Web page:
Power to the Young People and the Beats

“American students are the most unsophisticated people in the world.”  Stokely Carmichael (aka Kwame Ture)

Education news continues to flow like The River Wild:

In Philadelphia, Pennsylvania the entire school district is under a cloud due to a testing scandal that resulted in the firing of three principals.

Newton, Massachusetts parents in a high achieving district are questioning administration response (or lack of) to the three suicides, in four months, by students attending their high schools.

Heroin bags and hypodermic needles were found inside the staff bathroom at Benjamin Cosor Elementary School.  Located in Sullivan, New York forums have been held and a national discussion regarding the dangerous drug has evolved.

A February 26th USA Today article on super PACs pointed out how Democratic state senator Raymond Lesnik representing Elizabeth, New Jersey used outsider money to influence city school board elections and strengthen his hold on political activity.

Online and for-profit institutions, like the University of Phoenix and Premier Education Group, are being scrutinized for their educational practices.  The latter accused of fraud, accounting gimmicks and snatching federal grant money without returning a value.

In East Baton Rouge Parish, Louisiana a group calling themselves Local Schools for Local Children is rallying to separate from the 42,000 student school district.  If successful they would call the new city St. George and per-pupil spending would increase from the current $9,635 to $11,686.  Unfortunately the kids that remain will see their spending drop to $8,870 per-pupil.  Of course it doesn’t take AP Statistical Analysis to figure out what group of young people will suffer greatly.

On the hollowed grounds of The University of North Carolina Chapel Hill between 1990-2011 the department of African, African-American, and Diaspora Studies offered more than 200 lecture courses that never met.  In addition internal reviews found over five hundred unauthorized grade changes effecting mainly basketball and football players.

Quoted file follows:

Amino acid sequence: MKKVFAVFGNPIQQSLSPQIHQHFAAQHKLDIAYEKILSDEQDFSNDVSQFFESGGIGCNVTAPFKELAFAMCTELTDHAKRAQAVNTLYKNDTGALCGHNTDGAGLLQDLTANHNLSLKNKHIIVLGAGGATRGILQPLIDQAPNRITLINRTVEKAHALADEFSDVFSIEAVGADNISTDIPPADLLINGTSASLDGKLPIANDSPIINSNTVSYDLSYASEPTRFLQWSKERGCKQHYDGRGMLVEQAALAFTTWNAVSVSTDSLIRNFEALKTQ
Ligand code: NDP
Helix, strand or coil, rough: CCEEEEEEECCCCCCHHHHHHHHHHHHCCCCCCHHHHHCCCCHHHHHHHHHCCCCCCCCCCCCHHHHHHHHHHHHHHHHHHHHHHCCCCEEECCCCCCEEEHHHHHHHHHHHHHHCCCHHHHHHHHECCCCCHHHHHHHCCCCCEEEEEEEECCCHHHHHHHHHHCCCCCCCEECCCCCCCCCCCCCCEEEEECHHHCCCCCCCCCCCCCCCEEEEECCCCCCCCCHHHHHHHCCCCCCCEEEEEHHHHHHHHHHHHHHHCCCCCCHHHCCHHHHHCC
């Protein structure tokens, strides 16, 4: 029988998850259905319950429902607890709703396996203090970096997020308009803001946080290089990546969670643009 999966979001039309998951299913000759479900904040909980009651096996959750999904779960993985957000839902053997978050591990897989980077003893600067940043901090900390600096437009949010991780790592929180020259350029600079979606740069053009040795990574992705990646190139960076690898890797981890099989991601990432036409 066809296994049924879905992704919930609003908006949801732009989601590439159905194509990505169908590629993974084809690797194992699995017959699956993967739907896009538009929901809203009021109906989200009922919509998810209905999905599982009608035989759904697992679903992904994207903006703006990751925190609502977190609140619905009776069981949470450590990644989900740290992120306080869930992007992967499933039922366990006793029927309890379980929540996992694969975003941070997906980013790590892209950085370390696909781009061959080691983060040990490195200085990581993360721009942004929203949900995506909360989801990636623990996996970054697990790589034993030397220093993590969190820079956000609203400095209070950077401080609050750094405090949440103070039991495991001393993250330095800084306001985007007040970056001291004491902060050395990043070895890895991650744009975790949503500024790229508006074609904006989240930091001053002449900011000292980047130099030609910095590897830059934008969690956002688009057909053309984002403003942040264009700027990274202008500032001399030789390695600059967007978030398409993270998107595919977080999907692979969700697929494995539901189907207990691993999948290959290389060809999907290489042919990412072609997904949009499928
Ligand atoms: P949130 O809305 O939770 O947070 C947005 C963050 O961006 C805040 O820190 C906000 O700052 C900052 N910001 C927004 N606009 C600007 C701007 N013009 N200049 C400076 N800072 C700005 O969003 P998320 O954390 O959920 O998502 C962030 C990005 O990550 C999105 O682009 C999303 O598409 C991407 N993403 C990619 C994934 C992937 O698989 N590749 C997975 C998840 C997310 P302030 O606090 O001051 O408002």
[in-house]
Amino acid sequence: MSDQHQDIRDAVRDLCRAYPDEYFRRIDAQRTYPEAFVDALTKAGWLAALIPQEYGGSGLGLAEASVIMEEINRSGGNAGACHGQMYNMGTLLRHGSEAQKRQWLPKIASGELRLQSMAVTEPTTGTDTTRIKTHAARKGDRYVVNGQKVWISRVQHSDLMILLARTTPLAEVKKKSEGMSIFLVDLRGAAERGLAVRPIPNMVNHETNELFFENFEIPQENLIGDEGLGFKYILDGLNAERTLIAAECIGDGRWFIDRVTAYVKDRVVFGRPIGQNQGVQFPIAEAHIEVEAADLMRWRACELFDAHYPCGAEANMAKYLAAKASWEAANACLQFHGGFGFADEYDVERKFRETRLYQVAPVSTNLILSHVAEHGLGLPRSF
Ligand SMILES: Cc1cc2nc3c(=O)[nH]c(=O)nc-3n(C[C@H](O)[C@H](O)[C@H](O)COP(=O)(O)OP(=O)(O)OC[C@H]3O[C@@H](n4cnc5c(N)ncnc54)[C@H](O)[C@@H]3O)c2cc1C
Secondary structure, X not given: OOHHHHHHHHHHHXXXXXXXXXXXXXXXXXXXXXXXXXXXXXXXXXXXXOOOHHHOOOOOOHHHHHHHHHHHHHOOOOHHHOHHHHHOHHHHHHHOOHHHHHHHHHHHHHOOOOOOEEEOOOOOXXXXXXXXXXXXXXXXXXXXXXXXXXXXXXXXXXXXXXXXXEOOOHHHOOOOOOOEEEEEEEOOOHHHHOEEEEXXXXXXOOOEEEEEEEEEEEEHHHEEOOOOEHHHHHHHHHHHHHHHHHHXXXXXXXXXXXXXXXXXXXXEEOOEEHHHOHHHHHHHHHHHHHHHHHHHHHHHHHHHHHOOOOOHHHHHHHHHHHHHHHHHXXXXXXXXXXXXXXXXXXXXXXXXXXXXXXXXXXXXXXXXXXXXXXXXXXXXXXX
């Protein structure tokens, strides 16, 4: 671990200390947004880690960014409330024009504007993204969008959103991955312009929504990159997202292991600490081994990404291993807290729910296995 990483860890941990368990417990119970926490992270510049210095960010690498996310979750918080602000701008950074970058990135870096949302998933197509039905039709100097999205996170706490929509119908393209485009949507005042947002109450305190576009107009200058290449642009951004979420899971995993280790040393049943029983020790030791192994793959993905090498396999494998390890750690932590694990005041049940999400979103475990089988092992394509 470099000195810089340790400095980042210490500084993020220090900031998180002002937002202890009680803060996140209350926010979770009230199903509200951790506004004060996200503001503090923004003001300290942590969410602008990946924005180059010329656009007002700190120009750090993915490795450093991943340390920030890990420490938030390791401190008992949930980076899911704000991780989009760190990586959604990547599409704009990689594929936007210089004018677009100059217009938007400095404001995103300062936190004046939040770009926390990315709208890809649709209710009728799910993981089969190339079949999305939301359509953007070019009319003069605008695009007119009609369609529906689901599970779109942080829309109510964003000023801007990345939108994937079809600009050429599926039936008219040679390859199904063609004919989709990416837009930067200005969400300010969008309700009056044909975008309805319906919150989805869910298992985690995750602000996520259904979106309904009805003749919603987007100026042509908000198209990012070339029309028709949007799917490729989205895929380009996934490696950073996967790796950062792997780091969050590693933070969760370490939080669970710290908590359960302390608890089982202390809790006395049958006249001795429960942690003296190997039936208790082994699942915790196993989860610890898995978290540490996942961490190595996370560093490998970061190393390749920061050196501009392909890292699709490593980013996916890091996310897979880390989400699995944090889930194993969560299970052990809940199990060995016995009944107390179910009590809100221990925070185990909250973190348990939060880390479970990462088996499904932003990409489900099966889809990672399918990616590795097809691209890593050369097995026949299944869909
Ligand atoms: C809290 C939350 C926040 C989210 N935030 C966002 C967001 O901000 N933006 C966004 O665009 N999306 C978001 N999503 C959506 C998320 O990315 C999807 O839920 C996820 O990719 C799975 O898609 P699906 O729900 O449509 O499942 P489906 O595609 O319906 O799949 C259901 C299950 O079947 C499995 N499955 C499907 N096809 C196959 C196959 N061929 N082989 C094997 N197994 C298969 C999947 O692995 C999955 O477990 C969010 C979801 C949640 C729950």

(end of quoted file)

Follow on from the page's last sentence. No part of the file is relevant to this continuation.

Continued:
The Big Apple is buzzing with news that Mayor Bill deBlasio has reversed plans to open up three additional charter schools operated by former City Councilwoman Eva Moskowitz (Success Academy), but will green light the applications of more than a dozen others that will function inside Department of Education space.

What has been fascinating is the sheer volume of activity and banter, along with the widening gulf about how best to assure all kids are successful.  The overwhelming issue remains the selected few with nothing more than a financial motive.  That includes school districts who receive special education funding and are quick to label children that way.  It’s unfortunate that so much of the discussion boils down to dollars and cents.

But that’s reality and as always it will be the masses that pushes the boulder up the hill.

On an inspiring note Woodlands High School in Hartsdale New York (Greenburgh Central School District) captured both the girls and boys Westchester County Section 1 Class B Basketball Championships in dramatic, comeback fashion.

We need to grab the beats where possible.

It keep us righteous.

“Signed…An Educated Brother!”

About aneducatedbrother

Sharing the belief that education is not a business, and true academic reform is the only tide that will lift all boats.
This entry was posted in Business Schools, Criminal Justice System, Education, Law, Mass Incarceration, New York Region and tagged , , . Bookmark the permalink.

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